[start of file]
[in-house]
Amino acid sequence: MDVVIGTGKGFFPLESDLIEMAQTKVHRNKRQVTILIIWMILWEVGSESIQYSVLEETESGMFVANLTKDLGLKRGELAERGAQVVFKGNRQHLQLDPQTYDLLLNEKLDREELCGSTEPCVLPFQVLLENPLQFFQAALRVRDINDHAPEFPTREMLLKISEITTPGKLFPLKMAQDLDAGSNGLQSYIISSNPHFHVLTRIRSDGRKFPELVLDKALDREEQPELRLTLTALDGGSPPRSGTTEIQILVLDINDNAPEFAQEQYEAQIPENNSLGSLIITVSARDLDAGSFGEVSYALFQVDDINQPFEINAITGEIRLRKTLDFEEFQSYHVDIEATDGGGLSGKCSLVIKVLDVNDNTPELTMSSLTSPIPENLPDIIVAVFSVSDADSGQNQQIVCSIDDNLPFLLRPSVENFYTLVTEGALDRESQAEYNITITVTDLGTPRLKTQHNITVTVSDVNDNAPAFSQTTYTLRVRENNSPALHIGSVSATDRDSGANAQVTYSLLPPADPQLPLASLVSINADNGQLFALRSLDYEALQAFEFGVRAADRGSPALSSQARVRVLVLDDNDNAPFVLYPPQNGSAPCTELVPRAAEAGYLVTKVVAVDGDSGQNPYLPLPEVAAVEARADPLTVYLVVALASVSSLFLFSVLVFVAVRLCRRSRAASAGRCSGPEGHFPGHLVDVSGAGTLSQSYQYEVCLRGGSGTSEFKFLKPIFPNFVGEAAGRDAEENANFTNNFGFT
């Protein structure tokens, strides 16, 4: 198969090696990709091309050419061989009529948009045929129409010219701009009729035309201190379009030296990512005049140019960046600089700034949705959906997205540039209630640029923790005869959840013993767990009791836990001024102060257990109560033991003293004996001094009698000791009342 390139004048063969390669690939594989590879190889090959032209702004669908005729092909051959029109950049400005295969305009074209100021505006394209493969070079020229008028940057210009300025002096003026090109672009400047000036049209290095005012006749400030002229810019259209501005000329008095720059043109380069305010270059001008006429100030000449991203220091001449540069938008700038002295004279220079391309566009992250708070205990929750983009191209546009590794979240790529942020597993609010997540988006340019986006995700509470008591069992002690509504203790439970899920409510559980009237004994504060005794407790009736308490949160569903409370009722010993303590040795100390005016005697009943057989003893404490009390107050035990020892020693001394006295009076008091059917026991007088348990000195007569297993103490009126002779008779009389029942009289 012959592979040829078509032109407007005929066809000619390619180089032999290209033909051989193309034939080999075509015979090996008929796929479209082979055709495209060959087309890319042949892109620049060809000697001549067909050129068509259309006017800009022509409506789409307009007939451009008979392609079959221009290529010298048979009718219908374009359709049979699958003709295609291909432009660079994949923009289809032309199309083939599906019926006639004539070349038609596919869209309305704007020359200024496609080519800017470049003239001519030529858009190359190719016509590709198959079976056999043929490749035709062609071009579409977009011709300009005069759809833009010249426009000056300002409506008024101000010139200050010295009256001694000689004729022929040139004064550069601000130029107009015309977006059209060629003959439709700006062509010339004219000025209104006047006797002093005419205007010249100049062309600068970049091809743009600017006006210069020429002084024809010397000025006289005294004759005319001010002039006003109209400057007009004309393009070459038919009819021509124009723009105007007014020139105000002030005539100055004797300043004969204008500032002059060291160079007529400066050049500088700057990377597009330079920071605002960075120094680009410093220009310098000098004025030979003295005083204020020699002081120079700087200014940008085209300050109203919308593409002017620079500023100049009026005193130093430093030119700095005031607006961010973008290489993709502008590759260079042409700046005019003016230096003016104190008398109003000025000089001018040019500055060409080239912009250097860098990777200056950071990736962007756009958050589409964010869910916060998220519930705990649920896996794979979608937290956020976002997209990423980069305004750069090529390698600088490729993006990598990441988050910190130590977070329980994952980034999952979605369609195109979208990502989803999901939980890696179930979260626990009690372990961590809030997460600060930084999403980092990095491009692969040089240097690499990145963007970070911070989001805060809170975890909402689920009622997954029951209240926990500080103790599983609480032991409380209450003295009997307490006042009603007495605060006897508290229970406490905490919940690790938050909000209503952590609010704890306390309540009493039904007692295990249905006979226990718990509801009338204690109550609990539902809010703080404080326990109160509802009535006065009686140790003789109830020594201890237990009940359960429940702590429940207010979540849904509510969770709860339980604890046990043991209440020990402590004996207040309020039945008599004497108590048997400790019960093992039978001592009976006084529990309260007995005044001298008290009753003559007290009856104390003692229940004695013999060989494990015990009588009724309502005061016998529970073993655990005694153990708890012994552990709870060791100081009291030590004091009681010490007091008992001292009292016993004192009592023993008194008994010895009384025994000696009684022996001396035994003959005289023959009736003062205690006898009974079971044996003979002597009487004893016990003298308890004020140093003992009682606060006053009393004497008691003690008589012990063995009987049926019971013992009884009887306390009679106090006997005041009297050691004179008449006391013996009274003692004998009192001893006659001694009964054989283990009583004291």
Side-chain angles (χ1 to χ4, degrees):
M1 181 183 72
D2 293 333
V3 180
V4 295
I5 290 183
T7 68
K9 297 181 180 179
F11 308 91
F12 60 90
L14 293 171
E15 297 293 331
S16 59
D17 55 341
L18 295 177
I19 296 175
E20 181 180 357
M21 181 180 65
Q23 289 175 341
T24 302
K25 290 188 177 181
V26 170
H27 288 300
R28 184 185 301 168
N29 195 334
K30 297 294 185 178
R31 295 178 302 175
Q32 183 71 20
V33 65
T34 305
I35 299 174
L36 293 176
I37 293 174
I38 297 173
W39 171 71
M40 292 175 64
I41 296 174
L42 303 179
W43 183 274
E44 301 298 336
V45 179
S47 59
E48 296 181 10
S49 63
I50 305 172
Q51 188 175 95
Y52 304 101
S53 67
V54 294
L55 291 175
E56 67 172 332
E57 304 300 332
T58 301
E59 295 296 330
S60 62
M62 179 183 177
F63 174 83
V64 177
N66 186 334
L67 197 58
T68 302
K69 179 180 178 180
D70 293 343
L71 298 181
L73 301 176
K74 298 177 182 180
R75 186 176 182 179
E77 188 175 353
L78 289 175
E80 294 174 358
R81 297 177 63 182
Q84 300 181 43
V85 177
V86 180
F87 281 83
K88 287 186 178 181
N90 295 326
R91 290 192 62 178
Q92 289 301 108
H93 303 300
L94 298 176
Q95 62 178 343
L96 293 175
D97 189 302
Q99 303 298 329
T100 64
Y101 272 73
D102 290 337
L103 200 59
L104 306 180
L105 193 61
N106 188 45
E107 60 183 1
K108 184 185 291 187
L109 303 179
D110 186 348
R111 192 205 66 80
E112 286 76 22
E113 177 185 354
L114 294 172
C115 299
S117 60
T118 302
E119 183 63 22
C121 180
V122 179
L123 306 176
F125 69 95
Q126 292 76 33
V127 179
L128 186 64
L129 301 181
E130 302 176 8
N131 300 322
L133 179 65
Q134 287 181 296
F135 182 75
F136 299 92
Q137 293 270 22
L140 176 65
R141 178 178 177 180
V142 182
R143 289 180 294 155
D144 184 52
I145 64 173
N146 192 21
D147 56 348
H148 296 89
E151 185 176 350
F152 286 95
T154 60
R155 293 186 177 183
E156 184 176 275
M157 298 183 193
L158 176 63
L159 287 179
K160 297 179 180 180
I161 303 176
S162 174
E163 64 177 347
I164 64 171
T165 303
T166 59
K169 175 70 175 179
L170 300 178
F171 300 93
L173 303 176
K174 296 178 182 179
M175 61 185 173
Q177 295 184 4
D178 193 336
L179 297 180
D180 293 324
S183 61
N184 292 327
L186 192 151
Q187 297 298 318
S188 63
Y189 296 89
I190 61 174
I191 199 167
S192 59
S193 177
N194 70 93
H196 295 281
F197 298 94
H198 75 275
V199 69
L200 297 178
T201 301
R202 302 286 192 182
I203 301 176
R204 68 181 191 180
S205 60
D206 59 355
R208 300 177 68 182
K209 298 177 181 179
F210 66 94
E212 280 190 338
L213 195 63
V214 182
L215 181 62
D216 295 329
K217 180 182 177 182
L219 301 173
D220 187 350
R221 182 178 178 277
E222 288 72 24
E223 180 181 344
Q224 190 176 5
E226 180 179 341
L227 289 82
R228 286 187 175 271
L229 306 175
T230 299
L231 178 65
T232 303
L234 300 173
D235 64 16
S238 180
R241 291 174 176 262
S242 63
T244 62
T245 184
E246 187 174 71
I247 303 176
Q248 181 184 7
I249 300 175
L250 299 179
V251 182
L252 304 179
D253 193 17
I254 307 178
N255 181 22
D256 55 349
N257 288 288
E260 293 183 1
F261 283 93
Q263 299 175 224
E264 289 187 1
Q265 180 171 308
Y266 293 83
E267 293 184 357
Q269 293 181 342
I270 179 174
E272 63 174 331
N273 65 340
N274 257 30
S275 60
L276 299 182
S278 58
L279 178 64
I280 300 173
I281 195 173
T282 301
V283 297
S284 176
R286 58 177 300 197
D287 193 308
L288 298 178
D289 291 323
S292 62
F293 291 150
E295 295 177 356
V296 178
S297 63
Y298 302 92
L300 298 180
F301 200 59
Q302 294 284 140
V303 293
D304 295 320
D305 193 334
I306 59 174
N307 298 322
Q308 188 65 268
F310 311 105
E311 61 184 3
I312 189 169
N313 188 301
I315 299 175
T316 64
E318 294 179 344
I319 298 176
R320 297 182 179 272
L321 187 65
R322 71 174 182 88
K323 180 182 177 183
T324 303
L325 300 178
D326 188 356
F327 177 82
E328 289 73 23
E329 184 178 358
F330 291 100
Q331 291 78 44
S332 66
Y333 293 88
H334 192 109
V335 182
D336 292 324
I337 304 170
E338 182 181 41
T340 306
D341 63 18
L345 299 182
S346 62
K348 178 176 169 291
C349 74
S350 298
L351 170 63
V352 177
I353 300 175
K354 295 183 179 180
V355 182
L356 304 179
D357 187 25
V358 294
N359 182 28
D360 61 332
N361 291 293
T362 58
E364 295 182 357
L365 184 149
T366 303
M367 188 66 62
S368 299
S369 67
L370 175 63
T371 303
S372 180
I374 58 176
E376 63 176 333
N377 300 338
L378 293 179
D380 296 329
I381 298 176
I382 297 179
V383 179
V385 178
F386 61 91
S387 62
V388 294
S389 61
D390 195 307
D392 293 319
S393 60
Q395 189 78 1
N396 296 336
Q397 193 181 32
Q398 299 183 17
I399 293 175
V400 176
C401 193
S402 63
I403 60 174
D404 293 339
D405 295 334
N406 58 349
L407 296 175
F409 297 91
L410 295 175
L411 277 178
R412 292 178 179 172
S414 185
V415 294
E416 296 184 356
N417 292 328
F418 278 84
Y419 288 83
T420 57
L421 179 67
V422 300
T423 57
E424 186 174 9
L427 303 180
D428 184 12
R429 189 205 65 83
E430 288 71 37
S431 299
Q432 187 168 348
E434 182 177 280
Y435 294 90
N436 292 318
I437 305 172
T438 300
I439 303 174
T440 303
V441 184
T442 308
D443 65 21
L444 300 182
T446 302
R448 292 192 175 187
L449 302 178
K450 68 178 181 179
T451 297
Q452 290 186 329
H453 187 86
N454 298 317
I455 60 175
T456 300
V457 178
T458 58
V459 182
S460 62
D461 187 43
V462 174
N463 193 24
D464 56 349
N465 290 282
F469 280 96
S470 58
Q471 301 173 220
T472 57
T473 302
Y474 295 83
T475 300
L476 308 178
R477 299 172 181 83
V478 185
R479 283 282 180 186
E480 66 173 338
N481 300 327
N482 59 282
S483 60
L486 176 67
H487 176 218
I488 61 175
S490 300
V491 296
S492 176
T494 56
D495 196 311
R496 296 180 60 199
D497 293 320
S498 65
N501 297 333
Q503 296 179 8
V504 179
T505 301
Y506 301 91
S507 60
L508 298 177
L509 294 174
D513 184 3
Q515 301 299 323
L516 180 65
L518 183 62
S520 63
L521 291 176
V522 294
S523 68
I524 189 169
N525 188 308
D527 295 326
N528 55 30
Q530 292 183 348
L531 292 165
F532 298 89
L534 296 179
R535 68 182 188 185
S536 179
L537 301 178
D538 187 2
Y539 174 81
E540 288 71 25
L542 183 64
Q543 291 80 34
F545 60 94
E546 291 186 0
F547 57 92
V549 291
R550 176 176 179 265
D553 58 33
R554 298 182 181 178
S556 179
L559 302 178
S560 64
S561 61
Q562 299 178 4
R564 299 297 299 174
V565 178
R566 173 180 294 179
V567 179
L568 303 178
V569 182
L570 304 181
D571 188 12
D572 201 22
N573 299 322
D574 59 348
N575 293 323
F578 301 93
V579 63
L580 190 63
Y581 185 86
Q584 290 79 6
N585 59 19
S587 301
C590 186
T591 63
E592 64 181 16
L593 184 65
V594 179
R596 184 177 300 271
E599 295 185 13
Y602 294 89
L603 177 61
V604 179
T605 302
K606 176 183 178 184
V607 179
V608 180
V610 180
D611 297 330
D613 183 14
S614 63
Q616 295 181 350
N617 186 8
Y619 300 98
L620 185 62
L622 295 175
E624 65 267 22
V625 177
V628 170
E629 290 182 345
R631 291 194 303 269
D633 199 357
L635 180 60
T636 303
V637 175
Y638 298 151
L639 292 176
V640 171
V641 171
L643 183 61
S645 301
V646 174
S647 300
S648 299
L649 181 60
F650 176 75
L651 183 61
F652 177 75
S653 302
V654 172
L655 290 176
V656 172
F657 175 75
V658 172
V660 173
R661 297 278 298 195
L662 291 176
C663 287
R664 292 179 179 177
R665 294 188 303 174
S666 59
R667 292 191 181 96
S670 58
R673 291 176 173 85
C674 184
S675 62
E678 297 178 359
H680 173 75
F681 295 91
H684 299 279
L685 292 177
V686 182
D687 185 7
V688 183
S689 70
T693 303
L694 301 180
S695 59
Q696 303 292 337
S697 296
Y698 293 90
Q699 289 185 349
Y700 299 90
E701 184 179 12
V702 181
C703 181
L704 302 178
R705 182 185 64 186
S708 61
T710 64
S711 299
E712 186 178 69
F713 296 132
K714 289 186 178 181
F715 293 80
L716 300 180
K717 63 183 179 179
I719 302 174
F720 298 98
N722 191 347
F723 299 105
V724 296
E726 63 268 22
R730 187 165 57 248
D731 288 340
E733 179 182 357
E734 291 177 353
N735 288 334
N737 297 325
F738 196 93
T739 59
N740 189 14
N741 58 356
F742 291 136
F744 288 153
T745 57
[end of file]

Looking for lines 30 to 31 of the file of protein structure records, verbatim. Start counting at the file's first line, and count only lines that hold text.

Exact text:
R31 295 178 302 175
Q32 183 71 20